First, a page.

Think fallen leaves are just a nuisance, covering lawns and beds, and making paths and patios slippery. We’ve got news for you. What seems like garden waste can be turned into leaf mould: a valuable soil conditioner and mulch.
No lesser gardening expert than Monty Don advises performing this useful transformation, and where Monty leads we are happy to follow. Further inspiration to get on with the job? The fact that leaves need clearing up in any case as leaving them isn’t good for the lawn, and they can make surfaces hazardous to walk on. Moreover (and not to be sniffed at) making leaf mould will also save you money on store-bought compost.
For Monty’s top tips all you need to do is scroll down, and you can check out our special feature on to how to make leaf mould, too.
How to make leaf mould: Monty Don’s top tips
1. Collecting fallen leaves is a project rather than a one-off task, so you are going to have to keep at it. It’s best done when they’re damp, Monty says, but don’t worry if the times when you can gather aren’t those when there’s been rain as you can wet the leaves (see below).
2. If you’re asking why wet leaves are good, Monty has the science bit. Leaves mostly decompose by fungal action rather than bacterial, he explains. However, this means they’ll take a long time to turn into leaf mould, so this is a way to speed things up.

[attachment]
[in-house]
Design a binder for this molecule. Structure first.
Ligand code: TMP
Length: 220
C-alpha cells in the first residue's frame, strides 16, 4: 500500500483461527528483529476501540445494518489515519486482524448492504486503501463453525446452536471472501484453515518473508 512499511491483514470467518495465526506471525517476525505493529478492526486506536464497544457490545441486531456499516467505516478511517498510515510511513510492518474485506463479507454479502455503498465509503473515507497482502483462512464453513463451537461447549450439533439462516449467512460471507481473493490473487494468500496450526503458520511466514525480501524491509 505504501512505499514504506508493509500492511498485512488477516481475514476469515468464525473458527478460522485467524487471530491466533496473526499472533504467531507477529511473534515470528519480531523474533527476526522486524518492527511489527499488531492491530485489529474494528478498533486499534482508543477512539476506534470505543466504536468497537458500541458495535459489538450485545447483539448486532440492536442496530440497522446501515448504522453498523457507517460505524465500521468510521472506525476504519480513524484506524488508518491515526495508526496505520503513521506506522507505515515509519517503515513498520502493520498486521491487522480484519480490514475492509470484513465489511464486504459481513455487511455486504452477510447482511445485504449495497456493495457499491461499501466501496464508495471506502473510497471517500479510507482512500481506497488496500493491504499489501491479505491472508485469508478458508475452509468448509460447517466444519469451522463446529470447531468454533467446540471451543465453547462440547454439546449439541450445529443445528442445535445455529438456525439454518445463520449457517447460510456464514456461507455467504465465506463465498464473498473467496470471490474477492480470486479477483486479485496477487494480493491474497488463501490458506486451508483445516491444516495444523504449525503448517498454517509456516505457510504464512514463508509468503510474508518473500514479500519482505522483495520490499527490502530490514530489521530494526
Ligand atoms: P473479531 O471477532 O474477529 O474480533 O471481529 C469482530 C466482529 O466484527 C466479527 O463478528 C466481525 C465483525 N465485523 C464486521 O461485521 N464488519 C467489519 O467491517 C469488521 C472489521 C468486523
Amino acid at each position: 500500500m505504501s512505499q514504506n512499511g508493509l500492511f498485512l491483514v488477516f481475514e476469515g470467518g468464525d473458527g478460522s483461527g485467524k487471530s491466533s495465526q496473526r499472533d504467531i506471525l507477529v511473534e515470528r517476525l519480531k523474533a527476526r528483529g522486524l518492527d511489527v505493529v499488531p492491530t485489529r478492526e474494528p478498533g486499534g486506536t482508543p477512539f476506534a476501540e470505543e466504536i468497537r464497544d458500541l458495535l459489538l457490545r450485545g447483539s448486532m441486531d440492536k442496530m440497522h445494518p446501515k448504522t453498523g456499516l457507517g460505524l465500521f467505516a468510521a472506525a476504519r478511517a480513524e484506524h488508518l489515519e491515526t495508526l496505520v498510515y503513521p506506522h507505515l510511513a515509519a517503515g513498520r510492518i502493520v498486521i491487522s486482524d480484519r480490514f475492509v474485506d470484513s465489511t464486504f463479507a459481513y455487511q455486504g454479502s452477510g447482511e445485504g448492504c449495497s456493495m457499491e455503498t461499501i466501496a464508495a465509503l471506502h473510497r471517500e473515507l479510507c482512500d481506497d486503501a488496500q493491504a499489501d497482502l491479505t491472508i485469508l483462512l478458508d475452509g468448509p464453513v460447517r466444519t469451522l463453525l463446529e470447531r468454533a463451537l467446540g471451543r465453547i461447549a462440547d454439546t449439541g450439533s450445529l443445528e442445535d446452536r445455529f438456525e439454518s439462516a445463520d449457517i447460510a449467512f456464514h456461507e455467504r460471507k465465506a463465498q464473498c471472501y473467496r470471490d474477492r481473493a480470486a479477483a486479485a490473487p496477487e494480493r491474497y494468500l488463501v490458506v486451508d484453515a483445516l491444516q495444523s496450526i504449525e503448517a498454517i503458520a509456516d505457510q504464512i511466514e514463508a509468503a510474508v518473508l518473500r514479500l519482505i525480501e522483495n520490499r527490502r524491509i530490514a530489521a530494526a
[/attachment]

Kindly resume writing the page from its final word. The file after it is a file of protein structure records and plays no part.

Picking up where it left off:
3. The other key to quicker decomposition? Chop the leaves up, Monty says. You can use your lawn mower to do this, and this will do the collecting for you, too. There is a possible hitch, though, as wet leaves can clog up the mower. Monty’s solution is to sweep and rake dry leaves into a line, then mow them, then soak them later using a hose.
4. Monty wets the leaves where he stores them, which is in a specially made bay. One of these is a piece of cake to add to your garden. You just need to make a frame using chicken wire around garden stakes or canes.
5. Don’t have the space for a leaf bay? Don’t worry, Monty has the answer. Just put your chopped-up leaves into a black bin bag. You’ll need to have made some drainage holes in the bottom, then you just have to soak the leaves, let the water run out, and store the bag somewhere.
6. All you need to do now is... nothing. The leaves will become leaf mould over the next six months, Monty advises. You can even use them in spring when they’re part decomposed as a mulch, he reveals. Magic!
Need to get clued up about using mulch in your garden too? Head over to our ultimate guide to mulching for all the expert advice you need.